Android vs. iPhone: A review

First, an introduction for those of you who don’t know me personally. I have had the iPhone for about 2 years now, and despite it’s flaws (which are numerous), I have always said it was the best smart phone I ever owned. I went to the iPhone from a Windows Mobile device (Cingular 3125), which I was pretty unhappy with for a LOT of reasons.

Anyhow, immediately after buying the iPhone I was hooked. I spent more time on it in the first few weeks downloading and messing with new apps than I did on my PC, which is a pretty big deal coming from a confessed PC-aholic. Of course, it helped tremendously that I jailbroke the phone within 2 hours of getting it home, so I got to take advantage of all of the things Apple didn’t want me to know about.

Still, within a few months, my fascination with apps was worn off and I got into a pattern of use that I have kept up with since. While I don’t stray too far from these activities, I have integrated them into my life to such an extent that the loss of any of them is unconscionable at this point. The 5 things I now absolutely can’t live without in a phone are (in order of importance):

  1. Media player functionality – Basically, I listen to music on my iPhone pretty much all of the time. Considering my commute to and from work is about four hours per day, I get a LOT of music time in just from that. But then, I listen while working out, anytime I am driving, while writing content at work, etc. Overall, I probably listen to music about 6 hours per day, on average.
  2. Email – I check and respond to email on both my personal and work accounts from my phone more than anywhere else.
  3. Web browsing – Because my workday commute involves train and shuttle, I spend a lot of time reading as well. Mostly, I read novels, but I also do a good bit of Internet research on my phone as well.
  4. Texting – Because my son is a texting fanatic, and my wife is on her way there as well, I spend more time texting than talking, despite the fact that I hate it. Sigh.
  5. Phone – While I don’t actually talk on the phone that much, I still need it to work when I do.

Anyhow, while I love the iPhone, it is also very fair to say I absolutely hate it as well, and this has held true pretty much ever since I first got it. Initially, a lot of things that are now fixed really bugged me. Seeveral of them, like the lack of a search feature, were remedied eventually by updates, while some others (like themes) were resolved via jailbreaking. Still, there are a ton of things I hate about it, including:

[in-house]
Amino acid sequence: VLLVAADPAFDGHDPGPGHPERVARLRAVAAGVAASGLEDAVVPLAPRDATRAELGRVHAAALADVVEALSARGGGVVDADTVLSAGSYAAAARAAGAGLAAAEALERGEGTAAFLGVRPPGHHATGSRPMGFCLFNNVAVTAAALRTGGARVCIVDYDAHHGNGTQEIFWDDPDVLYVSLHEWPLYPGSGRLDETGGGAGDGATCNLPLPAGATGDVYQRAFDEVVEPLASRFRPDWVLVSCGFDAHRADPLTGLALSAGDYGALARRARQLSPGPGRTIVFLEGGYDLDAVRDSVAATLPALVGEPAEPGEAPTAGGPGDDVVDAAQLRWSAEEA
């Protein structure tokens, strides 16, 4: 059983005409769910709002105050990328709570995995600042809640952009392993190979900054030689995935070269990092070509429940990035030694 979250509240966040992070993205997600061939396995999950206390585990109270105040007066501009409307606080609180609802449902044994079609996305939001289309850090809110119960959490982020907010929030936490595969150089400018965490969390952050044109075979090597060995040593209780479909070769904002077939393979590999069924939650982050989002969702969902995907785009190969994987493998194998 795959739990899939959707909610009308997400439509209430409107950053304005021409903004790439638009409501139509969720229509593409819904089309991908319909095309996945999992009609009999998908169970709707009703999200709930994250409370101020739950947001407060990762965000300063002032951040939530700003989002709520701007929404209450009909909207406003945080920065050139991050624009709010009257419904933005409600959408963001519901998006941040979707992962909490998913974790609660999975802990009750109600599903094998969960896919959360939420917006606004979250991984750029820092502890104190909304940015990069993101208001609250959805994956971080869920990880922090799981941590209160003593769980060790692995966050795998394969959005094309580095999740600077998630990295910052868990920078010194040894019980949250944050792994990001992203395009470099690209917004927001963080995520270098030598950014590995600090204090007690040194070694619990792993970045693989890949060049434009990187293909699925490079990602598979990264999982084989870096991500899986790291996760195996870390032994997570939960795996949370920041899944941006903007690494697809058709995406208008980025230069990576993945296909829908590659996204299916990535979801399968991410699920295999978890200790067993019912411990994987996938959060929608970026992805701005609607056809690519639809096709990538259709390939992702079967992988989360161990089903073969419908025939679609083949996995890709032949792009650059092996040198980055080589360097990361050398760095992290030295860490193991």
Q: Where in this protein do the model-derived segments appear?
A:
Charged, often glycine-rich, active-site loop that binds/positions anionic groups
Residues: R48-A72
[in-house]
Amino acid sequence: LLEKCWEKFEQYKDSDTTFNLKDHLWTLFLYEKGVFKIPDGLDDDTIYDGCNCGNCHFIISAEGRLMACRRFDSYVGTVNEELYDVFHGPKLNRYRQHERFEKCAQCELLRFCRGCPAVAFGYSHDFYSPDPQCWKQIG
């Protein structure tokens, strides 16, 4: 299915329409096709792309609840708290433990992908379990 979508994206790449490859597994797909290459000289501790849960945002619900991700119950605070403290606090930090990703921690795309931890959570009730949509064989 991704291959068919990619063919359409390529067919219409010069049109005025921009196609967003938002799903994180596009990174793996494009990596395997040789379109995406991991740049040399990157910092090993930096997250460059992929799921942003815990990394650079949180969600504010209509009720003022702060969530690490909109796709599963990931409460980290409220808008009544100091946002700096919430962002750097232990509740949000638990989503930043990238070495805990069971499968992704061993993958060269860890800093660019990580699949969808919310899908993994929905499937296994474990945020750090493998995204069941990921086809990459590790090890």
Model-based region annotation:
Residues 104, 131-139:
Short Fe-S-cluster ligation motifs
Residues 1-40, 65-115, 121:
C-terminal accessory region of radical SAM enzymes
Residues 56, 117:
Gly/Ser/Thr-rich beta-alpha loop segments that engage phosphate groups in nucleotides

• Apple’s stranglehold on the ‘experience’. I’d like to decide what’s best for me myself, thank you very much.
  • iTunes. It is probably in the running with Acrobat as the most bloated, buggy POS every coded.
  • Lack of multitasking. Really Apple? You STILL can’t make this work? WinMo has had this working AT LEAST since 2005 (and probably since 2000).
  • HARDWARE. Either the phone has too little RAM, or it uses it horribly. Similarly, either the OS is poorly coded, or the processor is too slow, because it is a long way from being zippy.
  • Safari. Holy crap, what a steaming pile of shit this thing is. I have never had a browser crash on me more. NEVER. And I remember using MOSAIC, for God’s sake.
  • Lack of Flash. This has been beat to death. Jobs is a spoiled 3 year old. Get with the program, Apple.
  • Incomplete A2DP support. Bluetooth headsets cannot skip forward or backward using controls from the headset on an iPhone.
  • Non-expandable storage.
  • Non-replaceable battery.
  • Too few buttons. I didn’t realize how much I missed real buttons until I used a G1.
  • No Blacklisting. I own iBlacklist for this function, so you can go screw yourselves, Apple/AT&T.
  • HORRIBLE stock mapping/GPS programming. The few times I have been forced to use this program, I regretted it. It couldn’t find it’s own ass with both hands and a flashlight.
  • Stupid ‘aesthetics first’ philosophy that lead to a case style that always cracks in the same general areas.
  • No tethering. Yes, there are jailbroken alternatives, but a simple free stock one would be nice.

Believe it or not, I could probably continue on for days, but this is a good start. Obviously, after 2 years of use, there is a lot of hate in my love/hate relationship with the phone, so with the iPhone 4G coming out, I thought it prudent to try the other options prior to getting the new iPhone.

In the smart phone world, there are only 5 options:

  1. iPhone
  2. Android
  3. Windows Mobile / Windows Phone
  4. Palm
  5. Blackberry